Images flutter within as the narrative gathers pace. I can see a glory hunting Ashoka at the blood ridden battlefield of the Kalinga War appalled by his desires fulfilling themselves at the expense of more than two hundred thousand lives. Ashoka, the Great! I can see the headless statue of one of the greatest but unfortunately not much publicly talked about kings of Indian history - Raja Kanishka of the Kushan Empire. How he embraced Buddhism, built magnificent Stupas and encouraged obsessively the translations of Buddhist literature in traditional Chinese. I think of the Taliban militants as they went about destroying many of the great treasures and artifacts of that age in their bid to impose their own ideology. The Buddhas of Bamiyan catch my attention as they are dynamited out of existence for one Mullah Omar found it idol enough to be against the principles of Islam. Even before him, the earlier so called lords of the land had thought it best to remove only the head of the statue for it had in some other way offended them. As if, the arts offending people can only be justified by people destroying art. Rulers after rulers, empires after empires have striven to rewrite history as they saw fit. Not writing it as one would hope they would be interested in but rewriting it. And so they have thought it best to demolish evidences of the actual events which took place before their time and instead give the world a view of history which they would like the world to have. Most of the times for glorification of their own ancestry; and at other times to establish supremacy of their selves over the common folks and those others around the world of whom they knew nothing about but only that they themselves are far superior to them others. The divine kings and queens, so to say, exercising God’s will. Unthinkable volumes of blood have been shed over this; innumerable places of worships and leisure have given their way to newer places and different forms of worship and leisure; and countless statues have seen the sculptor’s art go for a toss. And still the Buddha sits on his lotus throne calm and impassive, smiling as “the world renews itself every day”.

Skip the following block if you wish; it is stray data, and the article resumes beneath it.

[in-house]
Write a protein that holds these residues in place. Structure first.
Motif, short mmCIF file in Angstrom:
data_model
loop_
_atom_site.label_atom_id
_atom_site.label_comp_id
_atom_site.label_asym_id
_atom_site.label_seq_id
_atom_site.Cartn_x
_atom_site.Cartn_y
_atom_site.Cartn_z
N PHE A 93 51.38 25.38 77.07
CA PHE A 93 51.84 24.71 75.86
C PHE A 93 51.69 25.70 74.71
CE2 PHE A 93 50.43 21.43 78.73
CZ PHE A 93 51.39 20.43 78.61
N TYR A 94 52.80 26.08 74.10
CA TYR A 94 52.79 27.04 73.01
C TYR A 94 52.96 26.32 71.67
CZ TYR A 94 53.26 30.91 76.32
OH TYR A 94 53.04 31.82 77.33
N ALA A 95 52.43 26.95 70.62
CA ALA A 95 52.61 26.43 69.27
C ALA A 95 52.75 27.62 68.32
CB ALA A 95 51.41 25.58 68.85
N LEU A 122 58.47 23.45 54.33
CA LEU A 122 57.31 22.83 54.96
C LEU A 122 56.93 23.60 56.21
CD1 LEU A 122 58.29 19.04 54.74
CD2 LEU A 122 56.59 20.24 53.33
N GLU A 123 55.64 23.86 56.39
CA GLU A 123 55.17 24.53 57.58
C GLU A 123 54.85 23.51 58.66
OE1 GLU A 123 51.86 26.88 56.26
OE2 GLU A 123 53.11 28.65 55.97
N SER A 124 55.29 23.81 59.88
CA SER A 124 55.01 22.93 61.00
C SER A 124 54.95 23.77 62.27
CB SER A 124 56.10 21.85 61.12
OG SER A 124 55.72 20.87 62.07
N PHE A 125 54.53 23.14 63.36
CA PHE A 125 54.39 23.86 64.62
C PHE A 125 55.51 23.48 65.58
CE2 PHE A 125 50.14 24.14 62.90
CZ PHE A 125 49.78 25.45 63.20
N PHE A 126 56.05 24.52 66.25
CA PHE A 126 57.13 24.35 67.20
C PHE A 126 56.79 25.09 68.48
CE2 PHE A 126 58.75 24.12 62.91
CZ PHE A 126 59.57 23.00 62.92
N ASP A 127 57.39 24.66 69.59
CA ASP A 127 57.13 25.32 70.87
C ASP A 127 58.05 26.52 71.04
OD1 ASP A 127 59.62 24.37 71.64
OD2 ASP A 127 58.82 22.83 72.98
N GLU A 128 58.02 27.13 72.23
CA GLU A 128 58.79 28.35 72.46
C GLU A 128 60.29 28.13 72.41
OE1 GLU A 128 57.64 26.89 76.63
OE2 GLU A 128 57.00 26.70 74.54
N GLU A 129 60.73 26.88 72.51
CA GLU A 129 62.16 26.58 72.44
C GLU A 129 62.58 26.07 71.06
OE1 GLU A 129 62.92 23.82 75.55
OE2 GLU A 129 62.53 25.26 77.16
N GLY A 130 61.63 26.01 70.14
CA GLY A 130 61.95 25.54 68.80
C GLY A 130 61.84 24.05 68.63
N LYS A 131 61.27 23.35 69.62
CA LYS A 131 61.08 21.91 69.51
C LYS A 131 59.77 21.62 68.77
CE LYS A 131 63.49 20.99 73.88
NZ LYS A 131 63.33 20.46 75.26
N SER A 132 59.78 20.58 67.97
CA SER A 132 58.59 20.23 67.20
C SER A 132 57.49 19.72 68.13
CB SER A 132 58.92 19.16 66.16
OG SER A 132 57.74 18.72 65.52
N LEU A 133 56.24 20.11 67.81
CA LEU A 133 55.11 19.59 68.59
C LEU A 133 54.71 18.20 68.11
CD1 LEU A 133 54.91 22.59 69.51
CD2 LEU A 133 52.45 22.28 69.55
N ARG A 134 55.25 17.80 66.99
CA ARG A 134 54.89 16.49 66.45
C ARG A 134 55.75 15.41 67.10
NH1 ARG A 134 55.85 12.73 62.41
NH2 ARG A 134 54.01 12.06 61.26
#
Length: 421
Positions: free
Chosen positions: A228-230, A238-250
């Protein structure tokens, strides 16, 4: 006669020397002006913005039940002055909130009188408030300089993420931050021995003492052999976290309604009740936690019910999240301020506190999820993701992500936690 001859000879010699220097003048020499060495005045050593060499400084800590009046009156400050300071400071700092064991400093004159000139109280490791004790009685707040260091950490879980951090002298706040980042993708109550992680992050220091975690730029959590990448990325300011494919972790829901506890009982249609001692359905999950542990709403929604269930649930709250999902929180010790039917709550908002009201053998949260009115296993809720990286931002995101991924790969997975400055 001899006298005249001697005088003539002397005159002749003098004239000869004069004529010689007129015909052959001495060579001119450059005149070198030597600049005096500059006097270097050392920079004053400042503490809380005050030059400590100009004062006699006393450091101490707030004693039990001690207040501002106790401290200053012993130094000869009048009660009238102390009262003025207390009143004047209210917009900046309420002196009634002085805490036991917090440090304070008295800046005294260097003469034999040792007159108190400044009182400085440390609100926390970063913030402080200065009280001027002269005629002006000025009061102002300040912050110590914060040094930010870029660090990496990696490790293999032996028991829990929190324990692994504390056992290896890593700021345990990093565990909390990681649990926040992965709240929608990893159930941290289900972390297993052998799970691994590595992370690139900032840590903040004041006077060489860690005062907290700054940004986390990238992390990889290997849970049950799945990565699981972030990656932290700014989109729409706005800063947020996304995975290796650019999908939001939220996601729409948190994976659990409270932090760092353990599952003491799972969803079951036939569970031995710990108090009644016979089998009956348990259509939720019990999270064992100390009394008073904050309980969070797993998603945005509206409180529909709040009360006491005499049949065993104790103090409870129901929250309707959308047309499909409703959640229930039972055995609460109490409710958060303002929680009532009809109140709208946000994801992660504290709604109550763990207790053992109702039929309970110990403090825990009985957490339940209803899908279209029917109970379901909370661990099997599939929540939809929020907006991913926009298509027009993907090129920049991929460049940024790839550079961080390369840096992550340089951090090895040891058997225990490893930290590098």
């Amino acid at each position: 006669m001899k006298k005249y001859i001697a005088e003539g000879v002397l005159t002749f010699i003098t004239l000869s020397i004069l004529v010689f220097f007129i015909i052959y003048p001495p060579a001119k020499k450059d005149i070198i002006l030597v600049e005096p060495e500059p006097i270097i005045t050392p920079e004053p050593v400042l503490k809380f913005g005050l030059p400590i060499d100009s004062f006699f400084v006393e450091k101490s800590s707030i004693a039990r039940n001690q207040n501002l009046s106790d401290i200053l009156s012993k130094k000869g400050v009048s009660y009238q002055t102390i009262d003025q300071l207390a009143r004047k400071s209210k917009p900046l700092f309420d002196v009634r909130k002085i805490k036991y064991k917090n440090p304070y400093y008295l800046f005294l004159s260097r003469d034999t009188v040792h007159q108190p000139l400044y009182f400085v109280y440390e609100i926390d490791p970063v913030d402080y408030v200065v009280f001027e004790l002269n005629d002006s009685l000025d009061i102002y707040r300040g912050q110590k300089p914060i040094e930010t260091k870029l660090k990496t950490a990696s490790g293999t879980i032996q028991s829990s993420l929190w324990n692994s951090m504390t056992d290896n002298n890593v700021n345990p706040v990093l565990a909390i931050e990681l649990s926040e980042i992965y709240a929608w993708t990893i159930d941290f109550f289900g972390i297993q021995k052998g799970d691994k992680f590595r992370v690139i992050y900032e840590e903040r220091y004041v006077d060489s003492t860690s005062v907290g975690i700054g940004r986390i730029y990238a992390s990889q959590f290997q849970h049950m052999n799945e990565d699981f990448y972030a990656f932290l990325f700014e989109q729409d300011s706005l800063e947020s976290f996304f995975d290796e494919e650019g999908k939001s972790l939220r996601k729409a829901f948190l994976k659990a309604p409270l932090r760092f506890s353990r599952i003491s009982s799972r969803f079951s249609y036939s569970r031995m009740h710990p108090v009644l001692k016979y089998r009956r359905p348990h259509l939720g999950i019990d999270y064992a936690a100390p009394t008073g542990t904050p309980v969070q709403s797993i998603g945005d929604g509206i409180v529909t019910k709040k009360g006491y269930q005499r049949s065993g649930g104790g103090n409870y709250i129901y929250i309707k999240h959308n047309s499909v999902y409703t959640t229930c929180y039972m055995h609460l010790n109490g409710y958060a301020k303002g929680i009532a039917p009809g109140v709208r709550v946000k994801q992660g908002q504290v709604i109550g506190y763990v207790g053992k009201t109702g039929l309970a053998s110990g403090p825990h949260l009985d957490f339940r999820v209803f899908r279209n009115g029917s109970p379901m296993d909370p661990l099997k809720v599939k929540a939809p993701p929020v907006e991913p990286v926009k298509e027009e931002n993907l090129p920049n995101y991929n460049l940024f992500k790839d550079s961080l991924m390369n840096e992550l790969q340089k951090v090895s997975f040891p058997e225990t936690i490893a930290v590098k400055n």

The Pale Blue Dot Theory is running wild in my head but I won’t go there for it’s a tale of some other time. Lots of talk about India – China is going around these days given the fifty years anniversary to the 1962 War. And somebody mentioned to me during one of the discussions about two ways of looking at history. One is to embrace it for it really happened whether one likes it or not – which is what India did at least partly. We are a proud and integral member of the Commonwealth for crying out loud; and most of our Central Government establishments in Delhi are a continuation of the British Raj with almost nothing changed. Rashtrapati Bhawan, The Parliament and the India Gate are but a few of the examples. Not to get carried away in any sense we do have a lot to hide our faces about as well – partition being one painful example but again it’s another tale for some other time. The other is to start off completely afresh from a clean sheet of paper disregarding what happened earlier. This is apparently what China did. Their boundaries were redrawn the way they saw it right having their hearts in the Middle Ages. The entire culture was revisited and unfitting pieces were thrown out. Glorification and other procedures followed. I am not advocating for any of the two. I do believe sometimes it’s needed to have a clean slate and at other times it’s equally important if not more to be duly aware of and emotionally invested and later disinvested to be objective about the past experiences. What I instead want to do is to look into our own selves. Don’t we collect memorabilia and souvenirs wherever we go? Click pictures at the drop of the hat? Sometimes to upload it on facebook and at other times to look back and smile at and adore our brilliance. Let’s face it! We are all hoarders and we like to collect memories most of them all. And many a times we want them to be better than they really are or were. And here you see is the genesis. As we want an exaggerated version of our happiness and glories to show it to our very own selves and of course also to show the world of our supposed awesomeness, we stop being honest with ourselves. Evidences of truth give way to what suits the narrative. The horrible dish at the restaurant is not mentioned because of that amazing looking sundae. All of us are escaping from something which I believe differs from person to person. But many of us are very much escaping into our own la la lands. And don’t you dare talk about it being a bubble! I wish to pass no judgment on this for I can’t. I am as much a part of this as anyone else. And I believe that the truth, whether it is ugly or beautiful, uncomfortable and frightening, nerve-wrenching or blissful, no matter how hard we try to dress it up in cloaks of well fabricated lies, our heart knows of it – our conscience knows of it - and at least we should accept it and embrace it. Buddha, I believe, would have advised for the same. I am quite sure of it as his statue sits gracefully in front of me. Or at least I can pretend to be. In fact, I am; again creating a debate for a larger duration.